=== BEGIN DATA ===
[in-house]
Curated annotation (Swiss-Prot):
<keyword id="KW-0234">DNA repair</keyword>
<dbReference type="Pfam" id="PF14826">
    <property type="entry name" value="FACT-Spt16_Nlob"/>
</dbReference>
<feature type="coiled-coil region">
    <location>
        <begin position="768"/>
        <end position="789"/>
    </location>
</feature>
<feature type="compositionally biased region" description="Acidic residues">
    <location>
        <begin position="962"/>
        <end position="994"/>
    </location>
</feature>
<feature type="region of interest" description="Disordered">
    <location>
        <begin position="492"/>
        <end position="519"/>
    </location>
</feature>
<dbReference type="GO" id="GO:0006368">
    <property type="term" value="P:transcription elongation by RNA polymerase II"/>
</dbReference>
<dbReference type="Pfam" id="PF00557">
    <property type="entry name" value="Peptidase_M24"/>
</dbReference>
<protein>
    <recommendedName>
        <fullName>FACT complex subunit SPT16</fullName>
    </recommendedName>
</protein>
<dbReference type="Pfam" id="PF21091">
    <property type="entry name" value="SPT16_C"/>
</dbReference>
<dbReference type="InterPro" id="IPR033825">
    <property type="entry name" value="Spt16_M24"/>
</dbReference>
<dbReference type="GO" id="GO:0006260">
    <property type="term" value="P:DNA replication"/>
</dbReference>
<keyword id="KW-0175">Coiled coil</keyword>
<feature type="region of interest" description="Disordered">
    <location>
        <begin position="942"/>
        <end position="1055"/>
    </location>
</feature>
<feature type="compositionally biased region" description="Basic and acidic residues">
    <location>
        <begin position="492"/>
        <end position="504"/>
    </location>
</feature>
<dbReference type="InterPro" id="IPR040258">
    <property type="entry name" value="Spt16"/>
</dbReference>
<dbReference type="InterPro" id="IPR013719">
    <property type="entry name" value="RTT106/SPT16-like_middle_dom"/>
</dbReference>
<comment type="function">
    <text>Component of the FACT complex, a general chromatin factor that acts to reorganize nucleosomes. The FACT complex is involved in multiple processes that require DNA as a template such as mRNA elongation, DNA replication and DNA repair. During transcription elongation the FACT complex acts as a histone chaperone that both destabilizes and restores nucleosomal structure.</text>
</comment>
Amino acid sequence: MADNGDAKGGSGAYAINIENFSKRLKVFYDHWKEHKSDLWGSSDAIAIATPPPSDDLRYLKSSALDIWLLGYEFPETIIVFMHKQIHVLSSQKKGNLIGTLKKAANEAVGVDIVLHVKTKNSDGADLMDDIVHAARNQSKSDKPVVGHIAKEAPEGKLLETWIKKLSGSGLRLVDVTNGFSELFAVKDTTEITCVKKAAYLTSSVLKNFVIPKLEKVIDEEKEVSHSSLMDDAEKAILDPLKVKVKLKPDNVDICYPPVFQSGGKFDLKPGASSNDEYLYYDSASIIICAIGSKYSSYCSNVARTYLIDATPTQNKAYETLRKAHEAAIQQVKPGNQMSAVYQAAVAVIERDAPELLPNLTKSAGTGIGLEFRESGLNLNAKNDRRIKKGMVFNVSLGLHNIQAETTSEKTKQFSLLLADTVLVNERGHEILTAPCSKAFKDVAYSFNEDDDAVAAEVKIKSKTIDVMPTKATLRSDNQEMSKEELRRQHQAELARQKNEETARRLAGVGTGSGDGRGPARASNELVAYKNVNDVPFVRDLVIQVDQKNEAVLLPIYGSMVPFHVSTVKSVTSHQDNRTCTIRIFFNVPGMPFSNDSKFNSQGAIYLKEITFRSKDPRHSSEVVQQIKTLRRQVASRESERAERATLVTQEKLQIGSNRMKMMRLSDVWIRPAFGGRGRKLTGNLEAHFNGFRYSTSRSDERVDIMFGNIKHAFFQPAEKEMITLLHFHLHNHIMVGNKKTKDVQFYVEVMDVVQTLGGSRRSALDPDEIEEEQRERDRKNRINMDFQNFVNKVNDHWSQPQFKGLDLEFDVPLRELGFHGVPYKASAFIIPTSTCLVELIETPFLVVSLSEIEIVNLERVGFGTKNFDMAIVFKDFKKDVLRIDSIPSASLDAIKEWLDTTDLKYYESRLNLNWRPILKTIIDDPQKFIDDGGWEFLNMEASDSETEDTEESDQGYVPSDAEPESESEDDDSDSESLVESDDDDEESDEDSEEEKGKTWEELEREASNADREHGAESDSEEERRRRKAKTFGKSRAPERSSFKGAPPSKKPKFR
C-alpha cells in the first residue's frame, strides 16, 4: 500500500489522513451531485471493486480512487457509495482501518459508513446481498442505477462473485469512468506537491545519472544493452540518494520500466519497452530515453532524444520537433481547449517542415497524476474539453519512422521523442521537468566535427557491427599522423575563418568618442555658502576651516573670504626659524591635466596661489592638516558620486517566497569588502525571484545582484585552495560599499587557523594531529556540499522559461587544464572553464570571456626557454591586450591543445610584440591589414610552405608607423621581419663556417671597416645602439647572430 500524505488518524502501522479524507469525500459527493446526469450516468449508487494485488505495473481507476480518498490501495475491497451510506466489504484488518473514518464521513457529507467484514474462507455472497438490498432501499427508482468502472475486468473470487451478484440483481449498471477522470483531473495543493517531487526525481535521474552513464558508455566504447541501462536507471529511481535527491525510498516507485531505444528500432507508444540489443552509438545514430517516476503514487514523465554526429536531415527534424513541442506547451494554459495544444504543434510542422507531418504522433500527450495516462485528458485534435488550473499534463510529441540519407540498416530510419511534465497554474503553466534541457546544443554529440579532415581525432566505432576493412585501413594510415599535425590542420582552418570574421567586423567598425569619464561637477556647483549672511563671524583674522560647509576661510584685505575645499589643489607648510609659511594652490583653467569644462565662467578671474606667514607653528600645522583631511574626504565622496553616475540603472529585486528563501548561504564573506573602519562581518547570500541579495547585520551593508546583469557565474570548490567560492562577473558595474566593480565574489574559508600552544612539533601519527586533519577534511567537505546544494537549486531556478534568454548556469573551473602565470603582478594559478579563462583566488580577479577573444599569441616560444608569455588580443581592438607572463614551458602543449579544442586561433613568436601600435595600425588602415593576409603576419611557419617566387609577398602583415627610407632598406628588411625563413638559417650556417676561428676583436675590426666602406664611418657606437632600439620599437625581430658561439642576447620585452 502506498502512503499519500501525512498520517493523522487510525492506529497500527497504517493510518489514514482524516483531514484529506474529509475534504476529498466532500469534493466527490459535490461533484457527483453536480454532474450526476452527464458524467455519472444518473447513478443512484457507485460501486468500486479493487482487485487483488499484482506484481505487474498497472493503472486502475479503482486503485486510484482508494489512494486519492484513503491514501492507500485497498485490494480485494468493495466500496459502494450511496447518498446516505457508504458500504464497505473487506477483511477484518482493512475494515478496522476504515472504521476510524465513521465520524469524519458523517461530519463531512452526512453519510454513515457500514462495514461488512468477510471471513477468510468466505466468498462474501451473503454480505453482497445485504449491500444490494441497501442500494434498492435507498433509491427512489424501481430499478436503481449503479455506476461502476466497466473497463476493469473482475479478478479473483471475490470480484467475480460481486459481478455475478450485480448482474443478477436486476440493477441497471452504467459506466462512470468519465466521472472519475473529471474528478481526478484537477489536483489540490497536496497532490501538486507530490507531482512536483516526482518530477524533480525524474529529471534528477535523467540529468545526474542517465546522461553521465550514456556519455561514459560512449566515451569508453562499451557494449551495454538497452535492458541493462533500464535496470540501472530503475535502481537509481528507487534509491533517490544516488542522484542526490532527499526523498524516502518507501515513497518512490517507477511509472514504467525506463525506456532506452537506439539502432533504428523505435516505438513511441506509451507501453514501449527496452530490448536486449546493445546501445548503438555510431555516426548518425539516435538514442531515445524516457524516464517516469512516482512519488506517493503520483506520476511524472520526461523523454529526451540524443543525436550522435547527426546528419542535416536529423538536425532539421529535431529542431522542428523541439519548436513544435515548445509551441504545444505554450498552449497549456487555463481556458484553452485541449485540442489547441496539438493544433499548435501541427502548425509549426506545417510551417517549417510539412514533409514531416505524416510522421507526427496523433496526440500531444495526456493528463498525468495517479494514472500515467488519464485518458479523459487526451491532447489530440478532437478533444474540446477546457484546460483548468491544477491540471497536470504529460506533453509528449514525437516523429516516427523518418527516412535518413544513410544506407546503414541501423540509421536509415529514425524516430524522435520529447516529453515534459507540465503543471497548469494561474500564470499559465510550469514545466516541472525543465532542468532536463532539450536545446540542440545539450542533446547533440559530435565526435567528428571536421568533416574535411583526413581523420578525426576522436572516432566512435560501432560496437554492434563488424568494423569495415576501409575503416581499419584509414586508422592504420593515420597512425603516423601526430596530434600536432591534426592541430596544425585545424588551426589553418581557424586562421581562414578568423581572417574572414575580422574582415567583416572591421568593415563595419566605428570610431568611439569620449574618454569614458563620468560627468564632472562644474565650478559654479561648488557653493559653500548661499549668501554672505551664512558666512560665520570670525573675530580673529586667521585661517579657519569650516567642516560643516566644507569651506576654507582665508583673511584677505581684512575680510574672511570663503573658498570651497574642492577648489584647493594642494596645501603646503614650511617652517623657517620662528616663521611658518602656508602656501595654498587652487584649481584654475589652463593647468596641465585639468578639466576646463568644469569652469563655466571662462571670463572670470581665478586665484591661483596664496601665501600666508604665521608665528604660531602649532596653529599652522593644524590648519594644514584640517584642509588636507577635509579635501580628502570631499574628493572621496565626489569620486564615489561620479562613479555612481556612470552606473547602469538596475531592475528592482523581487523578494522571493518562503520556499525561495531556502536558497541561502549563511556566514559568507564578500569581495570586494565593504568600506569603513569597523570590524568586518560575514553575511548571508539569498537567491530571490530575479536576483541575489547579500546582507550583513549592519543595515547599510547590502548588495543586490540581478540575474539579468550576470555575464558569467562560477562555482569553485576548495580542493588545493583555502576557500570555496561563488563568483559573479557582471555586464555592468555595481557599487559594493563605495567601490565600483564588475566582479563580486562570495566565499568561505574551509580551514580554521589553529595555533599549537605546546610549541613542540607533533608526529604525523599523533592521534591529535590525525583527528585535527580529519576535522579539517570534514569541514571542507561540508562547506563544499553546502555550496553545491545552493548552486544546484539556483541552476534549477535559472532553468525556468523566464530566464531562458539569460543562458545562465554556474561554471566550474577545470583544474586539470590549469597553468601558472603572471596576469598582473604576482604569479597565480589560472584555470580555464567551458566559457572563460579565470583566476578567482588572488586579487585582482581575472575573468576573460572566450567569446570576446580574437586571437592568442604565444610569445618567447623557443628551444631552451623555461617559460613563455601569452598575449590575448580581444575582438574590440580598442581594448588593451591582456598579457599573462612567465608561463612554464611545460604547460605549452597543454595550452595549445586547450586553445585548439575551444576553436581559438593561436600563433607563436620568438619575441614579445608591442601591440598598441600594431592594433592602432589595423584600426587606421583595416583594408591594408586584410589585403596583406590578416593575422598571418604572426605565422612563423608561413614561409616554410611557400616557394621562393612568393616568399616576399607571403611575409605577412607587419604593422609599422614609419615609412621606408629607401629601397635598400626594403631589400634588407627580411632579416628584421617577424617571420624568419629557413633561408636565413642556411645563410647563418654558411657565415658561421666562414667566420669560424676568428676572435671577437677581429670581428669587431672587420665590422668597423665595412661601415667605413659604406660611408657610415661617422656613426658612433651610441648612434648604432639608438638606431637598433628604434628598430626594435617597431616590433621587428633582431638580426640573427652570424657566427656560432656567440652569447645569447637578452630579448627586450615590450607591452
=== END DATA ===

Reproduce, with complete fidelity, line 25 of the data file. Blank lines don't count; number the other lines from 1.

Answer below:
<dbReference type="GO" id="GO:0006368">